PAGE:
'When me and my family decided we were ready to have a dog, a friend of mine started advocating for us getting a rescue dog. I was a little bit sceptical at first, for the same reasons most people are, 'are we good enough to take care of a dog that might have gone through hardship' etc. Then she tagged me on Wild at Heart Foundation's Instagram, for a dog that just seemed too good to be true. Good natured, calm, good with kids. We fell in love already with the picture of Scout.
And not to sound too sentimental, but we’ve fallen in love with her every day since she arrived. WaHF definitely didn’t 'oversell' her. She is the calmest, sweetest dog I’ve ever met. It’s silly how easy she adapted to her new life in our shouty family in a busy East London area. And she’s a therapy dog as well! One of my daughters friends used to be terrified of dogs, but after meeting Scout she’s not anymore.
After two years with Scout we decided to get another one, along came Bo, also from Cyprus and through Wild at Heart Foundation. The adoption process went very smoothly, just as with Scout. Almost the same day Bo arrived, Scout got really ill and had to spend a few days in hospital. Turns out she had leishmania, which she might have caught when we took her on our holiday to Tuscany, Italy, in the summer, or maybe even back in Cyprus. However, with the right medication she’s absolutely fine now and as bright as ever.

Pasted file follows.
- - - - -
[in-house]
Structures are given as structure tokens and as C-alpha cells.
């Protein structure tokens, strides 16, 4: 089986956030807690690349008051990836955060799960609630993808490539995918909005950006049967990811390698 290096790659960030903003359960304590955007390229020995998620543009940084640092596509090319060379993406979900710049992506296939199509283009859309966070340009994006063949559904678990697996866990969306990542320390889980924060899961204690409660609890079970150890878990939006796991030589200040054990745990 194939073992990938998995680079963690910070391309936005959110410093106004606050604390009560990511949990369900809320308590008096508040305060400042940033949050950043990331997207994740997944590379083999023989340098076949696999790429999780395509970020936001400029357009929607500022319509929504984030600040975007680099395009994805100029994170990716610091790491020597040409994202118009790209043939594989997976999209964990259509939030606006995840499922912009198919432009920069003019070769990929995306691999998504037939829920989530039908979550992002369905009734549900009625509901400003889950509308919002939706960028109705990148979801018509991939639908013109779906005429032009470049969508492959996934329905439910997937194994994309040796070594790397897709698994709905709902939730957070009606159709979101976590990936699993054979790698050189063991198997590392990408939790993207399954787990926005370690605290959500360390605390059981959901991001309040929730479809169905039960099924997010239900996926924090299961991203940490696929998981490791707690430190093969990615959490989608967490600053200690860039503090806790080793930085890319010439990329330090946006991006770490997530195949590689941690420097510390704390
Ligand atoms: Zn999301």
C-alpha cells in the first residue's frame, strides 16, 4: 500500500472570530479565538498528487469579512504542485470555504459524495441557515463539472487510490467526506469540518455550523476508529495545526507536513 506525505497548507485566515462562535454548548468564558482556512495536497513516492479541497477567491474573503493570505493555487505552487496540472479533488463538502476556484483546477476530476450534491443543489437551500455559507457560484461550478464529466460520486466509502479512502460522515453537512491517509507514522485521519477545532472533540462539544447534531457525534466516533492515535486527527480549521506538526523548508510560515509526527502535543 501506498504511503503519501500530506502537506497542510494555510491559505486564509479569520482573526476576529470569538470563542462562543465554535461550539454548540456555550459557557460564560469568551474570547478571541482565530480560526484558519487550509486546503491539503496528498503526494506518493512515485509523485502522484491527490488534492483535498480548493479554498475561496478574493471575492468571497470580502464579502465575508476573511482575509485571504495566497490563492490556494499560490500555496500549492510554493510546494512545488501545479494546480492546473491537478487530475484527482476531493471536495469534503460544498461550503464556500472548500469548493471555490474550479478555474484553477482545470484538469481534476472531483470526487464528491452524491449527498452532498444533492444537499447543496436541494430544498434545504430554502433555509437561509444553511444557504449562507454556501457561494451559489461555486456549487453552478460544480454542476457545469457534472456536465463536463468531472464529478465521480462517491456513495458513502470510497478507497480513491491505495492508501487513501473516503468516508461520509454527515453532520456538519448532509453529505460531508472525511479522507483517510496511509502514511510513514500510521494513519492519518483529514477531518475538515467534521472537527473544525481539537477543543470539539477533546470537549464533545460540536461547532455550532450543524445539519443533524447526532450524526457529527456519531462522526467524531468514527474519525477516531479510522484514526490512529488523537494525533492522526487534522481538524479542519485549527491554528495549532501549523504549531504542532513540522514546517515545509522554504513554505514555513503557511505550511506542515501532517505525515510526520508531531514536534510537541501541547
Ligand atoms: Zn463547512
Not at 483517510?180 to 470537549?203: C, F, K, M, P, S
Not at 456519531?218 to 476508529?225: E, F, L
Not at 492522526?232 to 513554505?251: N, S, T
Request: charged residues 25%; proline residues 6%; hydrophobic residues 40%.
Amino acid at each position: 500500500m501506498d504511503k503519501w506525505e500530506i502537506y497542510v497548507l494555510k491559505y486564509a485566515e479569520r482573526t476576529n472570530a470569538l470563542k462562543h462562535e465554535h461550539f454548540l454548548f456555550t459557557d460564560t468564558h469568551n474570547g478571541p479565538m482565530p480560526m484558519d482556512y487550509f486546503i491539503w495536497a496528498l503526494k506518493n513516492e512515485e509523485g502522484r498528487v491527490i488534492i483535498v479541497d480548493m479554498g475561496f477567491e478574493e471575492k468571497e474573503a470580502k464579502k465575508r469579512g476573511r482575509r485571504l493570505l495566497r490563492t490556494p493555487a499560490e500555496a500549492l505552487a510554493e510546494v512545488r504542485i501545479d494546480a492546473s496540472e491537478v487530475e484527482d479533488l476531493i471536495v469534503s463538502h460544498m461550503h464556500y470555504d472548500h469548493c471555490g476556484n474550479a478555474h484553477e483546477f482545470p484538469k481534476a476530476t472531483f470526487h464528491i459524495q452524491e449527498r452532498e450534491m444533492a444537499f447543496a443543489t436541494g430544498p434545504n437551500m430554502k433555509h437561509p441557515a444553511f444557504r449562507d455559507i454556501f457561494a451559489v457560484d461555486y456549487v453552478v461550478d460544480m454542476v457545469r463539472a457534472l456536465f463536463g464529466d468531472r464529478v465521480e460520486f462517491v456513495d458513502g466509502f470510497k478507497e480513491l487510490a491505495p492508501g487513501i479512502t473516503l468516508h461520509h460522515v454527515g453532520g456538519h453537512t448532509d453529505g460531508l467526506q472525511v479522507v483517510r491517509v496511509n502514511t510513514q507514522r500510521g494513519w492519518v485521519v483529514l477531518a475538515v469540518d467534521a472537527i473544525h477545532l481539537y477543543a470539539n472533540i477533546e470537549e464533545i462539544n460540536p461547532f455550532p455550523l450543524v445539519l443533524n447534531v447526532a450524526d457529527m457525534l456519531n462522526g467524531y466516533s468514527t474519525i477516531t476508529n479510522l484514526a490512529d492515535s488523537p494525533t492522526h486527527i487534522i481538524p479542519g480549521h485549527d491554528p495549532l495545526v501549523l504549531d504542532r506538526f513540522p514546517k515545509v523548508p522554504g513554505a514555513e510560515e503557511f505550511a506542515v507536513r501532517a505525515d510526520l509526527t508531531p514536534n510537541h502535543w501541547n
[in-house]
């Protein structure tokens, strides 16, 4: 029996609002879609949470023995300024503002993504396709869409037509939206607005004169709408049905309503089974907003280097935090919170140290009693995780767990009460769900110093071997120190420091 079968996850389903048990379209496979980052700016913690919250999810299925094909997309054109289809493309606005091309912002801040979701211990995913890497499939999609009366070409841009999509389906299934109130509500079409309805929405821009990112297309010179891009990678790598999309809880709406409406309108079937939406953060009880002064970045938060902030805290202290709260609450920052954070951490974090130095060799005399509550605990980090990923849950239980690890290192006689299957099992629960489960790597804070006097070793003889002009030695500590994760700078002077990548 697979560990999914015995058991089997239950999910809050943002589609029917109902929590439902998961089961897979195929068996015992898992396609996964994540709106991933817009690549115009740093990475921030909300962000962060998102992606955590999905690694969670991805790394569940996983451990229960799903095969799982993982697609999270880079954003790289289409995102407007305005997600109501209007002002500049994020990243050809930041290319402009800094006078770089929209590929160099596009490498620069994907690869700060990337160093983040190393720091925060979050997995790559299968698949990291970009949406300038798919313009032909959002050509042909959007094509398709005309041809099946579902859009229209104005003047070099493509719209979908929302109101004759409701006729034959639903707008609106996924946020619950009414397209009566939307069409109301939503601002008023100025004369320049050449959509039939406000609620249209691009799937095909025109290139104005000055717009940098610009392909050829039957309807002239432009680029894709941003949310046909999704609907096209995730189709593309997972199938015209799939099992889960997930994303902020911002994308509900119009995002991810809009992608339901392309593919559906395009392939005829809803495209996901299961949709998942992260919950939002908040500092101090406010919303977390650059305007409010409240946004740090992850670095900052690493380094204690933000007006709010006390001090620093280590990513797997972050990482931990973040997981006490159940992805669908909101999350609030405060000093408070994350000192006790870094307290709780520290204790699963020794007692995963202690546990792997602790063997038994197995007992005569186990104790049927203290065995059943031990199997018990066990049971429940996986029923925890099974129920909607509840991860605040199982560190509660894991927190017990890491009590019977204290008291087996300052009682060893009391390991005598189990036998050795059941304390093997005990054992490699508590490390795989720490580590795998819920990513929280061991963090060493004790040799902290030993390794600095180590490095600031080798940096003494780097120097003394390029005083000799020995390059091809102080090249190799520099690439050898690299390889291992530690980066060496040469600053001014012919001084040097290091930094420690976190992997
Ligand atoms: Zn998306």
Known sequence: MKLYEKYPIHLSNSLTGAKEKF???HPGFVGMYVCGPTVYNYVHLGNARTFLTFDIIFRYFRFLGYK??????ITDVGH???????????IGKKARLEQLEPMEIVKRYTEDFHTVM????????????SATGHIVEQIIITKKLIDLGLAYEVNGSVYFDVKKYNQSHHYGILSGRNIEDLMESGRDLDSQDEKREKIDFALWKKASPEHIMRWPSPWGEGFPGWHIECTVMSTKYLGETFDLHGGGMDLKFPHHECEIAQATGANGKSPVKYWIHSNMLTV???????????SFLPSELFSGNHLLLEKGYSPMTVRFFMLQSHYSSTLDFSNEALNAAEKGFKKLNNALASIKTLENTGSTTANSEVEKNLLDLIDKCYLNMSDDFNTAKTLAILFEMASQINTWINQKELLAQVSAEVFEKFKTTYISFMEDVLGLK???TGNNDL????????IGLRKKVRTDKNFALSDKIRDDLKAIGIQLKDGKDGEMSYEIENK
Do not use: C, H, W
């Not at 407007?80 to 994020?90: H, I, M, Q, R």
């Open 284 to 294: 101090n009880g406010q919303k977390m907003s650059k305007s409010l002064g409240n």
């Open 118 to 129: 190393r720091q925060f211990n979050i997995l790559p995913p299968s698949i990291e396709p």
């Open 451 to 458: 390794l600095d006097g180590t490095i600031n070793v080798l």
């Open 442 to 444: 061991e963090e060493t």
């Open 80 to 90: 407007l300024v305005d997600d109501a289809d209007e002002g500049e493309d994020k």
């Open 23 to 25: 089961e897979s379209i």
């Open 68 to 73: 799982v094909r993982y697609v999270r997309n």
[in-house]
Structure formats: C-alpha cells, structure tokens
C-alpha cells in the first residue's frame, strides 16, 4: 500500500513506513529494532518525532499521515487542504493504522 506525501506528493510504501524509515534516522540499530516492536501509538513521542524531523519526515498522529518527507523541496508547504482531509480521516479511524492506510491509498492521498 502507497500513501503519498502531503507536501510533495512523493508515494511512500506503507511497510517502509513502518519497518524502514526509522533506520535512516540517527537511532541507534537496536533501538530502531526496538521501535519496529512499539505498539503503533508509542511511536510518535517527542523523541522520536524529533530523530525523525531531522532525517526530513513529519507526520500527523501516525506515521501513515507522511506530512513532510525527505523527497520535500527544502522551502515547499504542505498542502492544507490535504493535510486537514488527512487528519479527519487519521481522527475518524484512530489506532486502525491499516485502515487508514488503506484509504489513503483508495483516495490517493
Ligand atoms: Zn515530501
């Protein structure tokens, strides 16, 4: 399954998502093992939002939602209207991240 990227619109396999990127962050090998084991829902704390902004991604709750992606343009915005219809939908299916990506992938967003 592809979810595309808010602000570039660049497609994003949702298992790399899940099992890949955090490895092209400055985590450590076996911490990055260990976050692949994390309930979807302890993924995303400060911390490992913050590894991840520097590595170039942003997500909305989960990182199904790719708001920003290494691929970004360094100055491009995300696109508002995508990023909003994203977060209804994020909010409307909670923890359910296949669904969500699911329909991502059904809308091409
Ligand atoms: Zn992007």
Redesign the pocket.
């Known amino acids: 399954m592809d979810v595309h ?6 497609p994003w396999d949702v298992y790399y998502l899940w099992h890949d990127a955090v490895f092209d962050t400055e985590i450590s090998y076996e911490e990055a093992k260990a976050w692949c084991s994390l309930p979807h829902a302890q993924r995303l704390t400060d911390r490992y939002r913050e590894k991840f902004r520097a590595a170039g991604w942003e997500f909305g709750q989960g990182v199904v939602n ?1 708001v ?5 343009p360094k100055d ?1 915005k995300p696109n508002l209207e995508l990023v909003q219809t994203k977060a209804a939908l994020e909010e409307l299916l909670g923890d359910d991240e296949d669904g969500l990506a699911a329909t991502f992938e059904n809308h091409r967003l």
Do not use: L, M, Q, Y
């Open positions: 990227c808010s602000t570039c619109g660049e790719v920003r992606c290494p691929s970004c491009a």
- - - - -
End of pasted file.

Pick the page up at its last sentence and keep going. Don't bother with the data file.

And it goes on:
Having a new little dog-sister probably helped her heal; although the little one might annoy her sometimes it’s lovely to watch them play and cuddle up together to sleep. It’s a little bit more work having two dogs, but it’s also double the love. Anyone hesitant about taking in a rescue dog should stop worrying; Wild at Heart provides information about 'your' dog that is definitely true, I’ve heard this from other adopters too. And the support you get should any problem occur is amazing. Scout wasn’t my first dog, but surely first-time-dog-owners could adopt, too.
More and more of the dogs we meet in the parks around are rescue dogs. My experience, actually backed up by our vet, is that it is the pure breeds that come across most health problems. A lot of the puppies in the UK comes from so called ”puppy factories”, where they are taken from their mum too early and might have severe problems with their temperament and/or health.
I’m so happy we got to adopt Scout and Bo. Couldn’t recommend Wild at Heart Foundation, Eve, and the rest of the lovely people working there, more!'
- Rebecka Ahlund